Movies possess a power over popular culture, one that is diminishing but nevertheless impossible to ignore. They have the ability to broadly influence people in a way that perhaps no other form of art/entertainment is currently able to do. With that great power, it is said, subsequently comes great responsibility. So for as long as it has been culturally significant, film has for many people been the subject of a certain moral requirement, that it should teach its huge audiences how to be righteous while it entertains their attention.
Plenty of casual and professional critics have offered their opinions on movies largely based upon the how effectively they deliver a sound moral message. To an extent, everyone does this. It’s tough to like a movie when you find its dominating theme completely repellant. There are many, myself included, that can’t take the show 24 seriously largely because of its insistence that torture is awesome (I also don’t find it interesting enough to sustain a 24-“hour” season). More recently, Zero Dark Thirty has also caused many to question its portrayal and attitude toward torture. Other recent hits like Django Unchained have sparked debates over violent depictions in movies and the complications around hailing violent movies as great.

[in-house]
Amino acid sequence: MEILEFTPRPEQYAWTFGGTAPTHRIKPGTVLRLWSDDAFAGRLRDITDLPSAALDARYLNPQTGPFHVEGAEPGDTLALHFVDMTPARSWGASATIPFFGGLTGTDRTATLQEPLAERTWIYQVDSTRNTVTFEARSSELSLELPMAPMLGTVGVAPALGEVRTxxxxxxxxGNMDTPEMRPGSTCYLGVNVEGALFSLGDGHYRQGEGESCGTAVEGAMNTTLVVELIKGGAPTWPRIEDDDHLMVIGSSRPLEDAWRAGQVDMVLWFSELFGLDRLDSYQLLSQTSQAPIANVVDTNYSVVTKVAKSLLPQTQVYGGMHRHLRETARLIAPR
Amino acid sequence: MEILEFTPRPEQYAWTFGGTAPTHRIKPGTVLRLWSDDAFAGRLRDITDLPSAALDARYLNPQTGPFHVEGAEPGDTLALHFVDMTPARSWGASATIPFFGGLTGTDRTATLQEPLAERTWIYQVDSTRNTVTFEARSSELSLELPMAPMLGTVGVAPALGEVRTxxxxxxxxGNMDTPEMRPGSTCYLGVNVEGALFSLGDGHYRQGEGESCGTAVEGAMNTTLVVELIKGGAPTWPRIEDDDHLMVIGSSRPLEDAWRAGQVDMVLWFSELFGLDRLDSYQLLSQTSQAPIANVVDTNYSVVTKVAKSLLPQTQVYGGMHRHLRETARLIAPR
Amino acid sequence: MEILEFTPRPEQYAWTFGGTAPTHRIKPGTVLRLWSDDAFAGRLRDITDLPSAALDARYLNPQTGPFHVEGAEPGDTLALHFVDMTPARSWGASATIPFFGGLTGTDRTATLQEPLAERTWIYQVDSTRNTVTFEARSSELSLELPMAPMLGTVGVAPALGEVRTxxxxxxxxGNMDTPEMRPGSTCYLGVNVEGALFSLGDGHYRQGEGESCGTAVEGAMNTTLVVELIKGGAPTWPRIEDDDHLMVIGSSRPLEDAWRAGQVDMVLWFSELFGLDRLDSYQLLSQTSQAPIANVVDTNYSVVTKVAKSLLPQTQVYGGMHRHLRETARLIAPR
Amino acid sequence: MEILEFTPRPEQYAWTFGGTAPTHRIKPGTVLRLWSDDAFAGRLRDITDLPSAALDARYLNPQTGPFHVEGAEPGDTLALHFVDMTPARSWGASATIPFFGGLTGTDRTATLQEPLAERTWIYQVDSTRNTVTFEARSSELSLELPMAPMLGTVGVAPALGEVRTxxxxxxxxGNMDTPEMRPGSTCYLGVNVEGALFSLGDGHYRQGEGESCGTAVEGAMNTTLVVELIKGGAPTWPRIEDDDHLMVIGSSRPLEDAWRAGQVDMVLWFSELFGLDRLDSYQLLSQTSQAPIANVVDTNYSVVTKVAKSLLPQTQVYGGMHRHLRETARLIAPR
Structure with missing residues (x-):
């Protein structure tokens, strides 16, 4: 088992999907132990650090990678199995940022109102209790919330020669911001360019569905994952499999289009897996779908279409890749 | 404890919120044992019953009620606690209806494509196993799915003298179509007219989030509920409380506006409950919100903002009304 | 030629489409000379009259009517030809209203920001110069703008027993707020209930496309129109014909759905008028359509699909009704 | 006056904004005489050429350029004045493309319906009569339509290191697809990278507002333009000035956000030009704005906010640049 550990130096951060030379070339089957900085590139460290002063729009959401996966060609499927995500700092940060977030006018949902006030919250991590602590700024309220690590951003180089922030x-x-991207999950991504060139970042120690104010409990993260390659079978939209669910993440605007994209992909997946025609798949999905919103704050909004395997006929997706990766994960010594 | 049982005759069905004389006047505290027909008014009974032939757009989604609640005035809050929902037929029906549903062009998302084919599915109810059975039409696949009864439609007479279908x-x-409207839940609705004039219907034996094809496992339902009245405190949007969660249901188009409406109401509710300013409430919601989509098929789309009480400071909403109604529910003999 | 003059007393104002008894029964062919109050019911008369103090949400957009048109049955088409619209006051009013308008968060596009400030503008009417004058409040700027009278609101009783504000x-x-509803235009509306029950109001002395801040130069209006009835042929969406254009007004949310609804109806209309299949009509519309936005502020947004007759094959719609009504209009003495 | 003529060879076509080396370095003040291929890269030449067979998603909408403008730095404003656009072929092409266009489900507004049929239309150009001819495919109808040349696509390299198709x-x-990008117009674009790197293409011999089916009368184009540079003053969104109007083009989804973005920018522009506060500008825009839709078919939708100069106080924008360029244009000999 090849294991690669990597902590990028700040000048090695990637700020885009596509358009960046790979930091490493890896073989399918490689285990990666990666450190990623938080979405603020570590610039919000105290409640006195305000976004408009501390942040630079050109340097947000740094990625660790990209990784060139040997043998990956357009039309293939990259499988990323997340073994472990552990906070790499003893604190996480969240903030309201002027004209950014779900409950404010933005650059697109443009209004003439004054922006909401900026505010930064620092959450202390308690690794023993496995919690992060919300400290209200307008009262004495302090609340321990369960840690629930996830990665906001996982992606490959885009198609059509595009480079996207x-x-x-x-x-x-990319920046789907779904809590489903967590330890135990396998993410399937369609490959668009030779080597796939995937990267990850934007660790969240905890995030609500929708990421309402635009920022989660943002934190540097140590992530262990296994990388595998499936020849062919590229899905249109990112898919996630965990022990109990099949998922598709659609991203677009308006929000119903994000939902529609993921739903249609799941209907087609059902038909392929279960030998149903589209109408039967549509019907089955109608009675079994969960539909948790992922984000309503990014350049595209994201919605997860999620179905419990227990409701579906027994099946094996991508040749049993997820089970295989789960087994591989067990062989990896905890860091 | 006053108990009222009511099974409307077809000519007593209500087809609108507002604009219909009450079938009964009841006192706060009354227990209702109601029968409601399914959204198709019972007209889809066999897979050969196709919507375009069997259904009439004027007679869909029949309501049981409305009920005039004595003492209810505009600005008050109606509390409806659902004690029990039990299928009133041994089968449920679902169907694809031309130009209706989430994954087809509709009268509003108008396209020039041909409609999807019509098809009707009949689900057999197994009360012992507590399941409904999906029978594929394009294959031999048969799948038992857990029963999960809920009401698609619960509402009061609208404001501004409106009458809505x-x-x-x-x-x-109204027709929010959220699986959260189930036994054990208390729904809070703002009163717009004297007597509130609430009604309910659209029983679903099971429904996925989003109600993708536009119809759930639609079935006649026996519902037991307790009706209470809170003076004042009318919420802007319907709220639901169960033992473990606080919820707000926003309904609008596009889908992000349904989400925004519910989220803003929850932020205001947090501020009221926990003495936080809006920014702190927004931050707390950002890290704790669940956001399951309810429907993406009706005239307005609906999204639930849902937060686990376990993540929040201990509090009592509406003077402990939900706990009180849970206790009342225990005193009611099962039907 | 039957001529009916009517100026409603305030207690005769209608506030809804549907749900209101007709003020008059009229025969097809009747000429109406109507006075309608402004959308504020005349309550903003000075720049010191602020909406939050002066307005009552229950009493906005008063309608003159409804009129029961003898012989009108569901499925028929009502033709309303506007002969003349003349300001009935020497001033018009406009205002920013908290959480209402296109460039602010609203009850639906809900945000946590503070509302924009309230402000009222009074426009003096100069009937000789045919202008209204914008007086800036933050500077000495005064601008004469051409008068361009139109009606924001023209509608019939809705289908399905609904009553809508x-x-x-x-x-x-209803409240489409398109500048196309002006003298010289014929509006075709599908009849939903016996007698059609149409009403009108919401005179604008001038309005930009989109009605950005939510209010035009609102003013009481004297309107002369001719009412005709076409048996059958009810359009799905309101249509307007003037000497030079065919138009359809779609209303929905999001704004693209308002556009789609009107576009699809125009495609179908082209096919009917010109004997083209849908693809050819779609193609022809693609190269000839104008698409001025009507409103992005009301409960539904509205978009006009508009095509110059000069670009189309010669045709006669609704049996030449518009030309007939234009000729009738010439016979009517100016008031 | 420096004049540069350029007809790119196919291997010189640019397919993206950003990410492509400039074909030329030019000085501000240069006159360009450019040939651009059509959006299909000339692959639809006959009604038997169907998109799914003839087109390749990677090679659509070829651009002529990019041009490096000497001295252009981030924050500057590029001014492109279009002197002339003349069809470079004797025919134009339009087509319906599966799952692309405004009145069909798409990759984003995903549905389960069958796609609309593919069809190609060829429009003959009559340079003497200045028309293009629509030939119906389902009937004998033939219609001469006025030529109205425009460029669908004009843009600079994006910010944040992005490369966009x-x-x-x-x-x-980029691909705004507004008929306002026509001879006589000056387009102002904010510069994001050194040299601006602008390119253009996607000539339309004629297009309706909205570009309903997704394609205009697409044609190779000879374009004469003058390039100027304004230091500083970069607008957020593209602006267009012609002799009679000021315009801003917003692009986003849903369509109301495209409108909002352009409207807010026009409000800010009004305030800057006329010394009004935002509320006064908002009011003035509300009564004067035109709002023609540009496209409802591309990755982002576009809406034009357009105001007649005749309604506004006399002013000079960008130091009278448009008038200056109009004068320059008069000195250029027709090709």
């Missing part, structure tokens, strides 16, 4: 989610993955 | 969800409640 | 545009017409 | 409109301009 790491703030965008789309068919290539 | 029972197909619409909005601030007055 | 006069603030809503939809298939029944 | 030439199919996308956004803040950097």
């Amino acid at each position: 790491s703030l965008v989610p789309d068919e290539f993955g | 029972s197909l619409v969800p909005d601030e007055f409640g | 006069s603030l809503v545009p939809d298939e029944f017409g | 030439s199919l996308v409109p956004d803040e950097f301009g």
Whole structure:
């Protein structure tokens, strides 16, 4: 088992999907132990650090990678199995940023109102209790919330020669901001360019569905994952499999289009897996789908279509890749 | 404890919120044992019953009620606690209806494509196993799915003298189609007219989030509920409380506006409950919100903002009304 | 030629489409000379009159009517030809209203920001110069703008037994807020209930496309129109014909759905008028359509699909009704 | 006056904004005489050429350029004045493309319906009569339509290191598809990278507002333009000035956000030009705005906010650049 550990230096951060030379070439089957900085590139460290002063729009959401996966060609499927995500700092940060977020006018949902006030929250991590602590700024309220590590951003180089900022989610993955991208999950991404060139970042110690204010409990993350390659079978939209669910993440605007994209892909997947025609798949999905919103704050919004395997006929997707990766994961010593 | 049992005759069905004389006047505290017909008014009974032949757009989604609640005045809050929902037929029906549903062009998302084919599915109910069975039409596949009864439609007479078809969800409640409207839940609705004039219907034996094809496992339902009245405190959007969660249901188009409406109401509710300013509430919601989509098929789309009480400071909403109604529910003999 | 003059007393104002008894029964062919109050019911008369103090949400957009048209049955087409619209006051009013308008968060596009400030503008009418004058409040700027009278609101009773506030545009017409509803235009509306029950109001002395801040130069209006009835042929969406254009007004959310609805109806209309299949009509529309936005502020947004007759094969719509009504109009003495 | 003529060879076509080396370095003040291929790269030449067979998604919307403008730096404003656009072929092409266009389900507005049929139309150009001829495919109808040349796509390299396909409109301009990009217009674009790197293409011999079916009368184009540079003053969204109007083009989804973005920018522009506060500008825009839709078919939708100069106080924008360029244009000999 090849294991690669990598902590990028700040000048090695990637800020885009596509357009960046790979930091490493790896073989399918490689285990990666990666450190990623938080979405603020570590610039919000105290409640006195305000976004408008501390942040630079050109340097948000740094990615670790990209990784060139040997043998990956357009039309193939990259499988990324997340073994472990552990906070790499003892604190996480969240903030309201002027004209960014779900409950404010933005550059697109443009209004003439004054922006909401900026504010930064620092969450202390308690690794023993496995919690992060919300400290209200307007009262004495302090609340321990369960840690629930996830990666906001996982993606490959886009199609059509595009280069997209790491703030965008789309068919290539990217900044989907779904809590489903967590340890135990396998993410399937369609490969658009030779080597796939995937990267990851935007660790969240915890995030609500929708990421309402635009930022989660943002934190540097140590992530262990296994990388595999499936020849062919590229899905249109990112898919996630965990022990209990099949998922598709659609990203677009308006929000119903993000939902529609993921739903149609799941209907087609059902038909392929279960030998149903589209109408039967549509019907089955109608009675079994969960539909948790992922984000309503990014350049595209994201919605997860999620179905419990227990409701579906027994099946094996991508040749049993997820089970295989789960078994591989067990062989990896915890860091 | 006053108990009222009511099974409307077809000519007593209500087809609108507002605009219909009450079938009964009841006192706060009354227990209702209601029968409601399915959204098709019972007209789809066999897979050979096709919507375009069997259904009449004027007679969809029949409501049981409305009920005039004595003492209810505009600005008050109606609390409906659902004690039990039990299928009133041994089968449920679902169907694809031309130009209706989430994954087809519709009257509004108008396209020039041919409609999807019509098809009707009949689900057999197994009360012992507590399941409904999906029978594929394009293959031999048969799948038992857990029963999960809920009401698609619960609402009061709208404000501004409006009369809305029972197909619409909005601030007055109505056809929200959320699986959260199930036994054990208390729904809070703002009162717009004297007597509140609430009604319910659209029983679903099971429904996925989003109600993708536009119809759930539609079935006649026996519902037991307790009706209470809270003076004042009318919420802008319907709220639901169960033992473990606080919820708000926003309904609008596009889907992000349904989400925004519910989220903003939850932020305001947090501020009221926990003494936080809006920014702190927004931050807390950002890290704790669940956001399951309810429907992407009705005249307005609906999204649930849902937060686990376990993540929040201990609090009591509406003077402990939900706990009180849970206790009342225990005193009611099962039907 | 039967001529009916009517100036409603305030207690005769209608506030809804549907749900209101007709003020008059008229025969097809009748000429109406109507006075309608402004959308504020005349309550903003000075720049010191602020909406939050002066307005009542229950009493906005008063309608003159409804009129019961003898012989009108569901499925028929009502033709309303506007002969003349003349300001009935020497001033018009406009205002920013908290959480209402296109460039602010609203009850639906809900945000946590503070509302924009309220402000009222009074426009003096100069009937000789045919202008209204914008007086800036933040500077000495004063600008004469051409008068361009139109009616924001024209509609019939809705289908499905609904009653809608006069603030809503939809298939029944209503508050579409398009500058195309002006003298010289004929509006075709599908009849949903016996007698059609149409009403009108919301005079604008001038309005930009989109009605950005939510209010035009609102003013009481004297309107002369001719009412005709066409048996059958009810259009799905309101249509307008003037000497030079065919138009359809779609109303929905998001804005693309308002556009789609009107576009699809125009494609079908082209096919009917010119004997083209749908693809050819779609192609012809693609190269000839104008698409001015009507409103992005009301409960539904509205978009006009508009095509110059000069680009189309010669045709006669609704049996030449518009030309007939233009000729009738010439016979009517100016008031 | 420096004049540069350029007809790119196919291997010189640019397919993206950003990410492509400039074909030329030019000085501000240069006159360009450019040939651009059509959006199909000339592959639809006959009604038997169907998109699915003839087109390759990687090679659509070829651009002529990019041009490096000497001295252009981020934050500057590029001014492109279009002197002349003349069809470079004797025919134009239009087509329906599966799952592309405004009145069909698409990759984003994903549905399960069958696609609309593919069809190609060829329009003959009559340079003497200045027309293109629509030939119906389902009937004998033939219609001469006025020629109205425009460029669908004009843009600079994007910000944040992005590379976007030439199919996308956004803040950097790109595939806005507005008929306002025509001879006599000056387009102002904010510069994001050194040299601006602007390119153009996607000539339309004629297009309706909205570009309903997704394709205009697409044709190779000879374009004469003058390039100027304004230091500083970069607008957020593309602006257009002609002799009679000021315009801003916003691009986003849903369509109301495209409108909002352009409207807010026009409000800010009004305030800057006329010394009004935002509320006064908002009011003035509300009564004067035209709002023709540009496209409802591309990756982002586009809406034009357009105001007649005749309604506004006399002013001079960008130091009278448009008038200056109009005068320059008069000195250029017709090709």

In the latter two cases, I think the objections are unfounded because both of them deal with their central moral conundrums in interesting ways. But is it possible for a movie to excellent at the same time that it is morally disgusting? Can we be of two minds, that a film is excellent in its filmmaking and artistry, but repugnant in its ideas? I say yes, based on several experiences with movies that I find incredible as well as incredibly foul. It’s a weird and troublesome duality to try and deal with, but that just makes it fun to think and talk about. Here are 7 instances of morally problematic movies I’ve seen that fall into this category, and have left me conflicted.
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